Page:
The Sandman movie continues to run into problems. The legendary comic book series just can’t seem to hold on to a creative team when it comes to its movie adaptation. Joseph Gordon-Levitt had been hard at work on the project for nearly three years (he was developing the script with Jack Thorne of Harry Potter and The Cursed Child fame, producing, and potentially directing) he bowed out in March. And now Arrival‘s Eric Heisserer has decided not to continue on with a Sandman screenplay, either.
“I had many conversations with Neil [Gaiman] on this, and I did a lot of work on the feature and came to the conclusion that the best version of this property exists as an HBO series or limited series, not as a feature film, not even as a trilogy,” Heisserer told io9. “The structure of the feature film really doesn’t mesh with this. So I went back and said here’s the work that I’ve done. This isn’t where it should be. It needs to go to TV. So I talked myself out of a job!”
Finally! Someone involved with this project willing to tell the truth.
To be fair, there are a very small handful of Sandman stories that would make for interesting feature films. The most obvious would essentially be the first volume of the series, Preludes and Nocturnes, about how Morpheus was imprisoned by an Aleister Crowley type figure for decades, and eventually was freed and had to reclaim his power. This is the closest to something that would work in a movie’s traditional three act structure, and would serve as a fair introduction to the world. But even this would be far better as the first season of a TV series.
Even more importantly, Sandman worked so well on the page because it dealt specifically with literature. A Sandman movie or TV series should offer similar commentary on film and television, rather than try and make straight adaptations of stories that were designed for comics in the first place. Sandman writer Neil Gaiman recently admitted that he’d “rather no Sandman movie were made than a bad Sandman movie were made.” Folks have been trying to adapt Sandman for nearly 30 years, and none have found the right formula (there was at least one truly dreadful screenplay from the ’90s which is best left forgotten).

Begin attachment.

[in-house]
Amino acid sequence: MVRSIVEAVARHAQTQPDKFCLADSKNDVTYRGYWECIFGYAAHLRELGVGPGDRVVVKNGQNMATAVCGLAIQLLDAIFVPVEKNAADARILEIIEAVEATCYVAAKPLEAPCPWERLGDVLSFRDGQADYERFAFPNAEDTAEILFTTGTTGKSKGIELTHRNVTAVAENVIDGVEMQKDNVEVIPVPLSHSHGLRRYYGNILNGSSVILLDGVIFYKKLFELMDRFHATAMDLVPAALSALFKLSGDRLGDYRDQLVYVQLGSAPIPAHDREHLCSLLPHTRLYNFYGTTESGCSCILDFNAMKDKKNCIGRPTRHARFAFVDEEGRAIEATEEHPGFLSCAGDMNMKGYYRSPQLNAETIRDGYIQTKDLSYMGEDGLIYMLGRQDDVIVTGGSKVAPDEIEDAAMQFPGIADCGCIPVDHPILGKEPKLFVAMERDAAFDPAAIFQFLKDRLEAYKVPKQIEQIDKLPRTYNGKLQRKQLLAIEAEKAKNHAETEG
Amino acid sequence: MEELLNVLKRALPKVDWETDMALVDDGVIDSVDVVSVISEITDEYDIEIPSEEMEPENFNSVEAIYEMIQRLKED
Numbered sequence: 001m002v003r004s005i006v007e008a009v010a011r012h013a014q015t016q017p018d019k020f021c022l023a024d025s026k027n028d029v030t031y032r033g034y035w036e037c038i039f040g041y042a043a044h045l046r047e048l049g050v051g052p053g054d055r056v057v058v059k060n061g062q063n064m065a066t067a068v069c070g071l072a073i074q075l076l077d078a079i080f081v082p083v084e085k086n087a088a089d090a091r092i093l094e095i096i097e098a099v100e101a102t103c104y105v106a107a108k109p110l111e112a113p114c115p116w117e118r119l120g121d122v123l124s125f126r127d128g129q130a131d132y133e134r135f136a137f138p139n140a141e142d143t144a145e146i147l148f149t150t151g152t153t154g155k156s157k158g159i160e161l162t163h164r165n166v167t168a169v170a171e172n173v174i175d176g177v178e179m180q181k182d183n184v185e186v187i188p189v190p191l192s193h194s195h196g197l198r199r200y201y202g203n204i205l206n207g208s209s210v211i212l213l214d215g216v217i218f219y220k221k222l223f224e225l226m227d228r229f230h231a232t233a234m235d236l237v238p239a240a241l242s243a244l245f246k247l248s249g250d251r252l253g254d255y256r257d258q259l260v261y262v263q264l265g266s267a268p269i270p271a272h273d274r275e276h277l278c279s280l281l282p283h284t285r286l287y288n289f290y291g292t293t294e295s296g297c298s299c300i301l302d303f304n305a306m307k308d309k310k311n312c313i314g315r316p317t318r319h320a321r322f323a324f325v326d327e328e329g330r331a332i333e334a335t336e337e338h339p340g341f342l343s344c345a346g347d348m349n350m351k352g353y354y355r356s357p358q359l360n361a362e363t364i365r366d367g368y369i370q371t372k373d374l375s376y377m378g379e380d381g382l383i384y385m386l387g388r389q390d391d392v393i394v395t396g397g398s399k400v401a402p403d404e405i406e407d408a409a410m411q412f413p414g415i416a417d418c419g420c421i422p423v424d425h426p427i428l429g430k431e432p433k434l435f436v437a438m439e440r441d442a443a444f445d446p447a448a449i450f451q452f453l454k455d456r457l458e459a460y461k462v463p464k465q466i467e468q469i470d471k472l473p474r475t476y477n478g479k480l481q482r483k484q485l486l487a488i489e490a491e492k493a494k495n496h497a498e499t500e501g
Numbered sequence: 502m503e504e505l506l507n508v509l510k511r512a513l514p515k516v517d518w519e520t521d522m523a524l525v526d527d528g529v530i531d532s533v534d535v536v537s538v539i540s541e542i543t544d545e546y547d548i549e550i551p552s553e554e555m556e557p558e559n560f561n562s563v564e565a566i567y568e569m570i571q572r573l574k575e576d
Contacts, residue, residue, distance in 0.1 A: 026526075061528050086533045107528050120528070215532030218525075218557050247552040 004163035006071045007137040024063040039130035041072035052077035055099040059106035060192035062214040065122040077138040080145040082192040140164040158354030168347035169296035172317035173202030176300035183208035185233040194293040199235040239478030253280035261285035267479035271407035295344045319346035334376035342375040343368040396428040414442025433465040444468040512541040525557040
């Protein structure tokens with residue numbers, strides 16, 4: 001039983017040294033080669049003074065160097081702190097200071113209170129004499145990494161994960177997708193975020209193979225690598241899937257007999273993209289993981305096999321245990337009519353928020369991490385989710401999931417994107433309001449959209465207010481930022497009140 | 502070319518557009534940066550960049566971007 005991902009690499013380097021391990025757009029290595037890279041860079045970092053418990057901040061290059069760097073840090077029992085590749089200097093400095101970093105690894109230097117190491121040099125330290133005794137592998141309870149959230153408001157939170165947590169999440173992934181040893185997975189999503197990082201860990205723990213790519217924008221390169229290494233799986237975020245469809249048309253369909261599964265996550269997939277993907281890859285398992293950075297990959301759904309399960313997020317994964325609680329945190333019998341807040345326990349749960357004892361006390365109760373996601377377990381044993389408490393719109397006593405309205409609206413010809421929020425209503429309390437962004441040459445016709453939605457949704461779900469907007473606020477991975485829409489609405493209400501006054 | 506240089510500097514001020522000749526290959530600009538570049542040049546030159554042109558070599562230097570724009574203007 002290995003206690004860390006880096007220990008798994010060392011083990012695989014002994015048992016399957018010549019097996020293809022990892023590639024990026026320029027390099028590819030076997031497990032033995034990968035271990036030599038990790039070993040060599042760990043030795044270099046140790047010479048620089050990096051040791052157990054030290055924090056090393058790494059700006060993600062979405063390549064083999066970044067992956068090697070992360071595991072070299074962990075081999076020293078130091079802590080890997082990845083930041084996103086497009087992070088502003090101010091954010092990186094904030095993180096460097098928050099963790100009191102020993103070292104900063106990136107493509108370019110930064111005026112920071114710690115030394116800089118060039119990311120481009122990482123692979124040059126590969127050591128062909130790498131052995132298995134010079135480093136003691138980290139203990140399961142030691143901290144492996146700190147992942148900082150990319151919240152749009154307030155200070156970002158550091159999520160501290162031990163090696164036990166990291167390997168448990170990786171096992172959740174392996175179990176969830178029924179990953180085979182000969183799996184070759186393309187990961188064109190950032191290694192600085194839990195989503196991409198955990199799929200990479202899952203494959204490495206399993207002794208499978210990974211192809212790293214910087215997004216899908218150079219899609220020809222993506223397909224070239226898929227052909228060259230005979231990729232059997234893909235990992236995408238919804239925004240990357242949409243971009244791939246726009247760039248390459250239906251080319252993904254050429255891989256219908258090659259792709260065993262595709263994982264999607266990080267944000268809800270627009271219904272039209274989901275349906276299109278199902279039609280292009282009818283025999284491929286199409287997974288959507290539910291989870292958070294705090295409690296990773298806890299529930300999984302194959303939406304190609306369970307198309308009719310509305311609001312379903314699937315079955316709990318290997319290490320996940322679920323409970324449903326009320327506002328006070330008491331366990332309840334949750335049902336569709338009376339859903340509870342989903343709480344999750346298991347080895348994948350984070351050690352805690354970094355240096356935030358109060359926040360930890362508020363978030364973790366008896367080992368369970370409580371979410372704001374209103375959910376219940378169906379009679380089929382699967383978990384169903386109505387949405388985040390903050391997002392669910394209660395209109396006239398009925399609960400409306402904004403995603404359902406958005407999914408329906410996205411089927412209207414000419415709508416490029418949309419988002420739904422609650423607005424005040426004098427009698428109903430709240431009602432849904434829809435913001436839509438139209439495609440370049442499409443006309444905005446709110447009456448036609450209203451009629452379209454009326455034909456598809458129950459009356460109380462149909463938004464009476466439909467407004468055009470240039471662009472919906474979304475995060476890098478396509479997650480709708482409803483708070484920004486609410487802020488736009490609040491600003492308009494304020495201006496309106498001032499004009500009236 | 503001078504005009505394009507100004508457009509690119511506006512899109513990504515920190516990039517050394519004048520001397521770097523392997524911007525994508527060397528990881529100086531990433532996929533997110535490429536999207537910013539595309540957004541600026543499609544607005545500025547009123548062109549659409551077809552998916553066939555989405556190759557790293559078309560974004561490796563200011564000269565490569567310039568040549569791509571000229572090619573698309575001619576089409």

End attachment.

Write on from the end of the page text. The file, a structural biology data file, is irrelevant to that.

To be fair, this incarnation of the project has been in a bit of limbo for years now. Despite lots of positive noises from the likes of Joseph Gordon-Levitt and Jack Thorne, it never seemed to be moving forward. There has never been a release date on the table, it shifted from Warner Bros. to New Line (which prompted Gordon-Levitt’s departure), and there hasn’t been much urgency surrounding it. Maybe it’s better this way. For years, another Vertigo comic, Preacher, was marked for the big screen, before the folks involved came to their senses and brought it to TV instead. Perhaps Sandman will get similarly lucky.